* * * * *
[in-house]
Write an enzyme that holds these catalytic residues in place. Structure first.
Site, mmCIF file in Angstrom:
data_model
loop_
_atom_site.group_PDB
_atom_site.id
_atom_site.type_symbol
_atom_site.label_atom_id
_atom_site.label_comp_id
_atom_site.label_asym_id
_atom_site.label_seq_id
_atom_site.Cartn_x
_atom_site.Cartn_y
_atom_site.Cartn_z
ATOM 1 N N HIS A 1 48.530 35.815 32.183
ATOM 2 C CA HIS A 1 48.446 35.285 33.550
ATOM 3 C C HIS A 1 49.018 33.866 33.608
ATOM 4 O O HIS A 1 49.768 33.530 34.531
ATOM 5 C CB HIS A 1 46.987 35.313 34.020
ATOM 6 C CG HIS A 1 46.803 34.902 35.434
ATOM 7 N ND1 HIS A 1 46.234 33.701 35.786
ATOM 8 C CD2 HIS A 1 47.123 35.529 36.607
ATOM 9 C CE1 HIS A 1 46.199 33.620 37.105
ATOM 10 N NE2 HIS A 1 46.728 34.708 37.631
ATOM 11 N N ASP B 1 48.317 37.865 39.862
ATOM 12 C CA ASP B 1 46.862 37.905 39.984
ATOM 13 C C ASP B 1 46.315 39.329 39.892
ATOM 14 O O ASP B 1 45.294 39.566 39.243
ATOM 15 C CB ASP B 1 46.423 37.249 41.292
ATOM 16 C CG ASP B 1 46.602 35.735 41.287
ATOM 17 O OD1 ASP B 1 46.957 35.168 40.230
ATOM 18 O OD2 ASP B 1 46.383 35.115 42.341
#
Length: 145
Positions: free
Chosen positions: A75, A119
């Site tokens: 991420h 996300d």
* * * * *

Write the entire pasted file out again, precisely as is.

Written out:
[in-house]
Write an enzyme that holds these catalytic residues in place. Structure first.
Site, mmCIF file in Angstrom:
data_model
loop_
_atom_site.group_PDB
_atom_site.id
_atom_site.type_symbol
_atom_site.label_atom_id
_atom_site.label_comp_id
_atom_site.label_asym_id
_atom_site.label_seq_id
_atom_site.Cartn_x
_atom_site.Cartn_y
_atom_site.Cartn_z
ATOM 1 N N HIS A 1 48.530 35.815 32.183
ATOM 2 C CA HIS A 1 48.446 35.285 33.550
ATOM 3 C C HIS A 1 49.018 33.866 33.608
ATOM 4 O O HIS A 1 49.768 33.530 34.531
ATOM 5 C CB HIS A 1 46.987 35.313 34.020
ATOM 6 C CG HIS A 1 46.803 34.902 35.434
ATOM 7 N ND1 HIS A 1 46.234 33.701 35.786
ATOM 8 C CD2 HIS A 1 47.123 35.529 36.607
ATOM 9 C CE1 HIS A 1 46.199 33.620 37.105
ATOM 10 N NE2 HIS A 1 46.728 34.708 37.631
ATOM 11 N N ASP B 1 48.317 37.865 39.862
ATOM 12 C CA ASP B 1 46.862 37.905 39.984
ATOM 13 C C ASP B 1 46.315 39.329 39.892
ATOM 14 O O ASP B 1 45.294 39.566 39.243
ATOM 15 C CB ASP B 1 46.423 37.249 41.292
ATOM 16 C CG ASP B 1 46.602 35.735 41.287
ATOM 17 O OD1 ASP B 1 46.957 35.168 40.230
ATOM 18 O OD2 ASP B 1 46.383 35.115 42.341
#
Length: 145
Positions: free
Chosen positions: A75, A119
């Site tokens: 991420h 996300d």